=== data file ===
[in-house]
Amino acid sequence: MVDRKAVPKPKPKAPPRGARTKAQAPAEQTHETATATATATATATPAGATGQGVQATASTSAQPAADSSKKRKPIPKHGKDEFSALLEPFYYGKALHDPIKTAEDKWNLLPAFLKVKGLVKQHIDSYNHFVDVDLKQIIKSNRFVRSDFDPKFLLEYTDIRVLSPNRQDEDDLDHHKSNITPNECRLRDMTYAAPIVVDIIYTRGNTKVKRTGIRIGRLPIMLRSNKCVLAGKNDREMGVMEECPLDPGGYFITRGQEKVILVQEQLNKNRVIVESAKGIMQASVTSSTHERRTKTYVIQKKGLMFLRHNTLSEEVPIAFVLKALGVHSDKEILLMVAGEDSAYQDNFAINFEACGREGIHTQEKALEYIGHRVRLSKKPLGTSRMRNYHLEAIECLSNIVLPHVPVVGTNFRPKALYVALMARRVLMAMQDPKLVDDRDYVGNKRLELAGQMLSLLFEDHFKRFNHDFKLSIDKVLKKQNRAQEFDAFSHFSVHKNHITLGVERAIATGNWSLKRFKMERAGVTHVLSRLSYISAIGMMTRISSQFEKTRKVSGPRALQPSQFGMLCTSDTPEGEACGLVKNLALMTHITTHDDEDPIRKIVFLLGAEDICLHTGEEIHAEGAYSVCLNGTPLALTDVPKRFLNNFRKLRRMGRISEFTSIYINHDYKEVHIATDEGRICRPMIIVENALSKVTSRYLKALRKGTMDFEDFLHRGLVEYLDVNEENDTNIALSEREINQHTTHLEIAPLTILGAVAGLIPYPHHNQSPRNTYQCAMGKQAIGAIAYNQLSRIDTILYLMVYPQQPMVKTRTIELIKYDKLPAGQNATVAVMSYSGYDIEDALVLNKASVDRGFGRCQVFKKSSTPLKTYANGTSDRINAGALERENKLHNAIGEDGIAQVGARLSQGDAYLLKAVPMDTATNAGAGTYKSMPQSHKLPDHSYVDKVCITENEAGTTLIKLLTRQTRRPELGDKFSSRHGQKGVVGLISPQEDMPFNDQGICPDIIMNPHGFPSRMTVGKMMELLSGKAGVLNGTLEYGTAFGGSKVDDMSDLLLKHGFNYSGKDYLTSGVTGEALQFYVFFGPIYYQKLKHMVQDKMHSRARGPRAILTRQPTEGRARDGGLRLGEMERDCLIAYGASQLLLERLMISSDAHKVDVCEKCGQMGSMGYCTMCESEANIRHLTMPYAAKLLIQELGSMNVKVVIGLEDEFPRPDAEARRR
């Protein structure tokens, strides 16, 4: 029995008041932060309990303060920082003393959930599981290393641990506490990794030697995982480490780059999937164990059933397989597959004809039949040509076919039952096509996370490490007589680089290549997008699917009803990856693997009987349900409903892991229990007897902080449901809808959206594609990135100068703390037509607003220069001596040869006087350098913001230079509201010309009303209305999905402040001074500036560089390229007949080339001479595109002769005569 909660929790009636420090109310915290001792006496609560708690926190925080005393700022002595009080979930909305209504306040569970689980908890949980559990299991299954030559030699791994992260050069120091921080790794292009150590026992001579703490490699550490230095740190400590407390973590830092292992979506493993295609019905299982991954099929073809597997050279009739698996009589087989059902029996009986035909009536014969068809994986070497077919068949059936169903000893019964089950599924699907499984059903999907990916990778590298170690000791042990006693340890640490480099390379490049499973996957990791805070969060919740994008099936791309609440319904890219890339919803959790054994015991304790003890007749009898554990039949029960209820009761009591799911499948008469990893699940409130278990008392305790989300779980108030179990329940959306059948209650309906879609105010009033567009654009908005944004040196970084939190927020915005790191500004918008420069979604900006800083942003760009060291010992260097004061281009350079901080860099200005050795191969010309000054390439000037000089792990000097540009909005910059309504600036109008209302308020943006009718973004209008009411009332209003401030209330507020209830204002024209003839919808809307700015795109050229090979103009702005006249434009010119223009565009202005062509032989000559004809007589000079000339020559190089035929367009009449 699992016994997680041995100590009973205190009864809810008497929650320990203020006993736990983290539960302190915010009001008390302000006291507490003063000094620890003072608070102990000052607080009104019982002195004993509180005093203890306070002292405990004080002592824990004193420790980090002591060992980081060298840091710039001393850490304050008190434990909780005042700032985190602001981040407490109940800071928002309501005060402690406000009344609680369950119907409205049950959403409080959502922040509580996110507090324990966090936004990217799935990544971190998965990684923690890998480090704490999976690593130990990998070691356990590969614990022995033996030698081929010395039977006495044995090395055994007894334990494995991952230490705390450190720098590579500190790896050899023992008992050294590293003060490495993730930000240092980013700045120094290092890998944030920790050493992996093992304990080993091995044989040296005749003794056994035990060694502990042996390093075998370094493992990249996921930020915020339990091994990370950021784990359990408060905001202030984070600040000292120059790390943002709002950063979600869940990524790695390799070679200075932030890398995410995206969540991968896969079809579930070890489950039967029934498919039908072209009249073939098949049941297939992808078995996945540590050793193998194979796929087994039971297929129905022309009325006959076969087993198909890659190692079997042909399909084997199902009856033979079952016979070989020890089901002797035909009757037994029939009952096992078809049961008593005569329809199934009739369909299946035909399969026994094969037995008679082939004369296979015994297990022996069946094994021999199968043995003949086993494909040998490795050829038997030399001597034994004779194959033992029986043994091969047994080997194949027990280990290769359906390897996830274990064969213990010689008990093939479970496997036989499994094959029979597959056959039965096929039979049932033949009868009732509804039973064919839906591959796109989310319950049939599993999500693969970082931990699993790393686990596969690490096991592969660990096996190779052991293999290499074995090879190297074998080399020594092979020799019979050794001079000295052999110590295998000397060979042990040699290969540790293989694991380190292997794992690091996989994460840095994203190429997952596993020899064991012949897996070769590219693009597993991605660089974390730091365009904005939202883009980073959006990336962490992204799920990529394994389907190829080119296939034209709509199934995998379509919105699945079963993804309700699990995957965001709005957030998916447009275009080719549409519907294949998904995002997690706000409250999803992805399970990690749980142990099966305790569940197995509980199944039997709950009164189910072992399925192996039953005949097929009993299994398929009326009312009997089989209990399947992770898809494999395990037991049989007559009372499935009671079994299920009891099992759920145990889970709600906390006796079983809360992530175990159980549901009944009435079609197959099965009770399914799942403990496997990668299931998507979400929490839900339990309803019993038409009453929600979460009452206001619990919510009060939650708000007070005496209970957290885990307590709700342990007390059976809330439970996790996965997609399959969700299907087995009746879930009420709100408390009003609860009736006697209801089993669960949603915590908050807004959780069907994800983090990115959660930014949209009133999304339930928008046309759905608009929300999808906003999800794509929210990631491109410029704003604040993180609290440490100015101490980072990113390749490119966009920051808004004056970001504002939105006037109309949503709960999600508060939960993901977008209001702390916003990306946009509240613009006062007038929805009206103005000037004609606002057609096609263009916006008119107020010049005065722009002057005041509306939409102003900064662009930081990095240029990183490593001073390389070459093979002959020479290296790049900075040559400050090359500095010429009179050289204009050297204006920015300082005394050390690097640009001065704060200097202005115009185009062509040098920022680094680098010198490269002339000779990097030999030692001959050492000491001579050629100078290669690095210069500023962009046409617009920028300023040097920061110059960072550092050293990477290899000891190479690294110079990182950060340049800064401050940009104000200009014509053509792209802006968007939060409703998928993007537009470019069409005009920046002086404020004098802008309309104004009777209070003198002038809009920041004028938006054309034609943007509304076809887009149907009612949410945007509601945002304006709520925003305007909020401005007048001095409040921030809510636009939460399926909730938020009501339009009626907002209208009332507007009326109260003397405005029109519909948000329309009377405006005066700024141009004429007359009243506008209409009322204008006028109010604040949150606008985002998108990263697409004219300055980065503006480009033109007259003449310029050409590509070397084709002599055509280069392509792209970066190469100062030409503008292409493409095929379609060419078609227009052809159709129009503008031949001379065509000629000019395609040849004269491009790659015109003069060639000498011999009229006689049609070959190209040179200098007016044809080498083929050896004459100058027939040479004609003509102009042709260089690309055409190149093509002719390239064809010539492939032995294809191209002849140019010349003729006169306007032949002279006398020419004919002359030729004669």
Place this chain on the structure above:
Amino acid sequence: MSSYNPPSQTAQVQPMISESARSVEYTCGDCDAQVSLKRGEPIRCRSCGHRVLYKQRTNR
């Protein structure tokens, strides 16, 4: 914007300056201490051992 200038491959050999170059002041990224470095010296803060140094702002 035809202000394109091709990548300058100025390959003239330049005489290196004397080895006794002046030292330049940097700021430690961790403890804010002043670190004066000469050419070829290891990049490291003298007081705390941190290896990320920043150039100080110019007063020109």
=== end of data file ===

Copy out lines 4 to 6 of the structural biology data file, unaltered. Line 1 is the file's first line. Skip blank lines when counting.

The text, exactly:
Place this chain on the structure above:
Amino acid sequence: MSSYNPPSQTAQVQPMISESARSVEYTCGDCDAQVSLKRGEPIRCRSCGHRVLYKQRTNR
């Protein structure tokens, strides 16, 4: 914007300056201490051992 200038491959050999170059002041990224470095010296803060140094702002 035809202000394109091709990548300058100025390959003239330049005489290196004397080895006794002046030292330049940097700021430690961790403890804010002043670190004066000469050419070829290891990049490291003298007081705390941190290896990320920043150039100080110019007063020109």